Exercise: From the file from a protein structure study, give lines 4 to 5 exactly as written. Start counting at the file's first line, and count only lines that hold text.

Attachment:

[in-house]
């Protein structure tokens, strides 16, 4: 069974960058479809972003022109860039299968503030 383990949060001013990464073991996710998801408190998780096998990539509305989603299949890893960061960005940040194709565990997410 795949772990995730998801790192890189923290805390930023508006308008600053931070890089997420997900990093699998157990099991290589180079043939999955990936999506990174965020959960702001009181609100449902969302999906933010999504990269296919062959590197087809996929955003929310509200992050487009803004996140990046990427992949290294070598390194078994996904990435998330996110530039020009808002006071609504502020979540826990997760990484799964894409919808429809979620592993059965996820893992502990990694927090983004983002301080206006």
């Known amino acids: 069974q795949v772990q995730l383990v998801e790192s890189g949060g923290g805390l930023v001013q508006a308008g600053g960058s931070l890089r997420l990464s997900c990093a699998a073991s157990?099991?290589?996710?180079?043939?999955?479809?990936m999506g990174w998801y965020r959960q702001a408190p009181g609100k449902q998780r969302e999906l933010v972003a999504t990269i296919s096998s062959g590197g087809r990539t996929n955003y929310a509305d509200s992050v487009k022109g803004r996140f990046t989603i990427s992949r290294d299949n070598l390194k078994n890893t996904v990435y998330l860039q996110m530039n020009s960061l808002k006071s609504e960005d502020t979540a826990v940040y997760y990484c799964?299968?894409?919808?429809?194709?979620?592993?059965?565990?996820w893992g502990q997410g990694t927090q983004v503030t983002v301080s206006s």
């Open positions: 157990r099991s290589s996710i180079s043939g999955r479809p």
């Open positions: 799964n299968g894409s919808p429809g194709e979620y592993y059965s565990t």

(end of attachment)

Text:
């Open positions: 157990r099991s290589s996710i180079s043939g999955r479809p």
């Open positions: 799964n299968g894409s919808p429809g194709e979620y592993y059965s565990t």